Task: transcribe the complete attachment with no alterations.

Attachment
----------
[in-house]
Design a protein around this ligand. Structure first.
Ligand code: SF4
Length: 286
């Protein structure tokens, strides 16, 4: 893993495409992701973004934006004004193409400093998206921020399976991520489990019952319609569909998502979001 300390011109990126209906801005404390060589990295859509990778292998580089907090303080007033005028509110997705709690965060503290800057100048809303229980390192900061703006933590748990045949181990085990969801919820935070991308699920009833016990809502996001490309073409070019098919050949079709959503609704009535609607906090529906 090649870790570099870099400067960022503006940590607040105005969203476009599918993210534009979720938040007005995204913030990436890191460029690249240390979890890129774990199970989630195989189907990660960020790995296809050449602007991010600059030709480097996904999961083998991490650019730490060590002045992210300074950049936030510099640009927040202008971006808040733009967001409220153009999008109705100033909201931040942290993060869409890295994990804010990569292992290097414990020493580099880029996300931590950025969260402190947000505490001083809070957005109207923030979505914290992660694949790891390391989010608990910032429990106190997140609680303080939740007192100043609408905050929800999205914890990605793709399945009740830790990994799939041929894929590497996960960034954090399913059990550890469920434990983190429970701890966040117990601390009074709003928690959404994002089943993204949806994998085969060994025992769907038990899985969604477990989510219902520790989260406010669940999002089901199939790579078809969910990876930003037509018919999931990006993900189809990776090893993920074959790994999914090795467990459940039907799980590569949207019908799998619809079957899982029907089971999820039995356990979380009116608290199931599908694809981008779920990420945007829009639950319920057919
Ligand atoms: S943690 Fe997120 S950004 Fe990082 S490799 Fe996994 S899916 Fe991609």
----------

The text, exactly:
[in-house]
Design a protein around this ligand. Structure first.
Ligand code: SF4
Length: 286
């Protein structure tokens, strides 16, 4: 893993495409992701973004934006004004193409400093998206921020399976991520489990019952319609569909998502979001 300390011109990126209906801005404390060589990295859509990778292998580089907090303080007033005028509110997705709690965060503290800057100048809303229980390192900061703006933590748990045949181990085990969801919820935070991308699920009833016990809502996001490309073409070019098919050949079709959503609704009535609607906090529906 090649870790570099870099400067960022503006940590607040105005969203476009599918993210534009979720938040007005995204913030990436890191460029690249240390979890890129774990199970989630195989189907990660960020790995296809050449602007991010600059030709480097996904999961083998991490650019730490060590002045992210300074950049936030510099640009927040202008971006808040733009967001409220153009999008109705100033909201931040942290993060869409890295994990804010990569292992290097414990020493580099880029996300931590950025969260402190947000505490001083809070957005109207923030979505914290992660694949790891390391989010608990910032429990106190997140609680303080939740007192100043609408905050929800999205914890990605793709399945009740830790990994799939041929894929590497996960960034954090399913059990550890469920434990983190429970701890966040117990601390009074709003928690959404994002089943993204949806994998085969060994025992769907038990899985969604477990989510219902520790989260406010669940999002089901199939790579078809969910990876930003037509018919999931990006993900189809990776090893993920074959790994999914090795467990459940039907799980590569949207019908799998619809079957899982029907089971999820039995356990979380009116608290199931599908694809981008779920990420945007829009639950319920057919
Ligand atoms: S943690 Fe997120 S950004 Fe990082 S490799 Fe996994 S899916 Fe991609």